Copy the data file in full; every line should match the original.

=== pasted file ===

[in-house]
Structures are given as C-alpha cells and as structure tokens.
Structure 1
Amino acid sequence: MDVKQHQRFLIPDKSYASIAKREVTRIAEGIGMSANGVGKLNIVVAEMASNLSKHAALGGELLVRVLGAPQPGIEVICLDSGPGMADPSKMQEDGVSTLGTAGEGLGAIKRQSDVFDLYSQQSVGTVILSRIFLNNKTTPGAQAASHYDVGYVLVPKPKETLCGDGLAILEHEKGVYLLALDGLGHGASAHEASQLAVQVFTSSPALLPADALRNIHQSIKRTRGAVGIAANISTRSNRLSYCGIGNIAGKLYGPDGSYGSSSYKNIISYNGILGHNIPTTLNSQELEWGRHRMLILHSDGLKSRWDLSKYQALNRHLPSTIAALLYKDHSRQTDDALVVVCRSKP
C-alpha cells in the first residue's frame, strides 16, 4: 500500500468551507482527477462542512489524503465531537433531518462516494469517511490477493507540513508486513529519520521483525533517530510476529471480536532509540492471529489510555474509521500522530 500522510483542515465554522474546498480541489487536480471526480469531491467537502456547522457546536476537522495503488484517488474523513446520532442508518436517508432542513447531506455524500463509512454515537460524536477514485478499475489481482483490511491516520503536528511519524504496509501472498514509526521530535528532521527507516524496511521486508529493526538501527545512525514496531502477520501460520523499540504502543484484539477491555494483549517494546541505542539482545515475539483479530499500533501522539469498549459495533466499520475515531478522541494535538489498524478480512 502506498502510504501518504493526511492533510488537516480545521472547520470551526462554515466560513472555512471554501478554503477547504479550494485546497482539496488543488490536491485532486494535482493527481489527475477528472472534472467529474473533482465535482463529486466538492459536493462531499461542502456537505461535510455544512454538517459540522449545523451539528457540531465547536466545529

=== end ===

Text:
[in-house]
Structures are given as C-alpha cells and as structure tokens.
Structure 1
Amino acid sequence: MDVKQHQRFLIPDKSYASIAKREVTRIAEGIGMSANGVGKLNIVVAEMASNLSKHAALGGELLVRVLGAPQPGIEVICLDSGPGMADPSKMQEDGVSTLGTAGEGLGAIKRQSDVFDLYSQQSVGTVILSRIFLNNKTTPGAQAASHYDVGYVLVPKPKETLCGDGLAILEHEKGVYLLALDGLGHGASAHEASQLAVQVFTSSPALLPADALRNIHQSIKRTRGAVGIAANISTRSNRLSYCGIGNIAGKLYGPDGSYGSSSYKNIISYNGILGHNIPTTLNSQELEWGRHRMLILHSDGLKSRWDLSKYQALNRHLPSTIAALLYKDHSRQTDDALVVVCRSKP
C-alpha cells in the first residue's frame, strides 16, 4: 500500500468551507482527477462542512489524503465531537433531518462516494469517511490477493507540513508486513529519520521483525533517530510476529471480536532509540492471529489510555474509521500522530 500522510483542515465554522474546498480541489487536480471526480469531491467537502456547522457546536476537522495503488484517488474523513446520532442508518436517508432542513447531506455524500463509512454515537460524536477514485478499475489481482483490511491516520503536528511519524504496509501472498514509526521530535528532521527507516524496511521486508529493526538501527545512525514496531502477520501460520523499540504502543484484539477491555494483549517494546541505542539482545515475539483479530499500533501522539469498549459495533466499520475515531478522541494535538489498524478480512 502506498502510504501518504493526511492533510488537516480545521472547520470551526462554515466560513472555512471554501478554503477547504479550494485546497482539496488543488490536491485532486494535482493527481489527475477528472472534472467529474473533482465535482463529486466538492459536493462531499461542502456537505461535510455544512454538517459540522449545523451539528457540531465547536466545529